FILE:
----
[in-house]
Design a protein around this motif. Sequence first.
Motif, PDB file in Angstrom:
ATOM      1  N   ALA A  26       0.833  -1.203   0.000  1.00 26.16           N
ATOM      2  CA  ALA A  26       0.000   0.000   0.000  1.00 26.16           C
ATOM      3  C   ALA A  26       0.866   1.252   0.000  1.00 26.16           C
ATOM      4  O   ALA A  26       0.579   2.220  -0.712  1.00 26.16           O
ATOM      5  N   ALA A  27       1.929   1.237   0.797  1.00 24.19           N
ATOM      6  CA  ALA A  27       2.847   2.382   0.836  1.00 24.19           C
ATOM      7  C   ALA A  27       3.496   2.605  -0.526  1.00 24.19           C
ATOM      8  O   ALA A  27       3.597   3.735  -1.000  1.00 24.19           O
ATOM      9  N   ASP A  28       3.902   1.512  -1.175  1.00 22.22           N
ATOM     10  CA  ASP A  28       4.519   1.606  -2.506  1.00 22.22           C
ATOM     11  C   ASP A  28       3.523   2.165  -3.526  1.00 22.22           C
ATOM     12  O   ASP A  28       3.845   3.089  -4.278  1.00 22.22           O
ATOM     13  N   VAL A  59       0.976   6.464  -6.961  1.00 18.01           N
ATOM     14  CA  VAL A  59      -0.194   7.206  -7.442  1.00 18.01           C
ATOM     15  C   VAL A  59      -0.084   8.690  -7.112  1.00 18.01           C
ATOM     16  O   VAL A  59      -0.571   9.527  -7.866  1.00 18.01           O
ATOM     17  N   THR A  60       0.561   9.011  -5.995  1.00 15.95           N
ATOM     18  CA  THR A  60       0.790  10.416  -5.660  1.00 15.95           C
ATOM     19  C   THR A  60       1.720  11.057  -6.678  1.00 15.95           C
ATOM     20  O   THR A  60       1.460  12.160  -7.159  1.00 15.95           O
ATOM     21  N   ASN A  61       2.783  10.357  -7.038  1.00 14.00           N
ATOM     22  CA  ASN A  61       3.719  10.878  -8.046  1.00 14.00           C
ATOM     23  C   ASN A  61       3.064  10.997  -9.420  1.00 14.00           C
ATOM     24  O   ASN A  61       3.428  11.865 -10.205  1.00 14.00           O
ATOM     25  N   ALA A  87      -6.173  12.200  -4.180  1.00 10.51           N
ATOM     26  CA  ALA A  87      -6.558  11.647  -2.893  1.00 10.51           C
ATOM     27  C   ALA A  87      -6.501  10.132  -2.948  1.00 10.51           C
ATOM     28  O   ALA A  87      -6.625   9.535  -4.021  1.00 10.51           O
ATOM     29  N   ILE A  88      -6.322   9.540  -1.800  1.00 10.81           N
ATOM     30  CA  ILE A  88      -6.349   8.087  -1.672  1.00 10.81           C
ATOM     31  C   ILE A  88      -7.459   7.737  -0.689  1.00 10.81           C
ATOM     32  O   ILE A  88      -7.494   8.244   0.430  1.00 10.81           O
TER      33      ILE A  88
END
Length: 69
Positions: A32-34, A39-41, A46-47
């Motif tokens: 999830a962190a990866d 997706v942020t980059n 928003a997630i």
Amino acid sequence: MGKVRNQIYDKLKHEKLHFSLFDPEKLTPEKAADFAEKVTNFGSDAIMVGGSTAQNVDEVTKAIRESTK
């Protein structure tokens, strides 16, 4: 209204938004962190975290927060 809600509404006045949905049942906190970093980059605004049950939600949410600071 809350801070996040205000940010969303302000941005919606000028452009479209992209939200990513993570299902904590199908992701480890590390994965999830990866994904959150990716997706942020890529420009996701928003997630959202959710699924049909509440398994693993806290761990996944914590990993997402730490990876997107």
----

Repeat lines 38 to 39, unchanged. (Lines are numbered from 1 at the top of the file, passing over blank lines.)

Length: 69
Positions: A32-34, A39-41, A46-47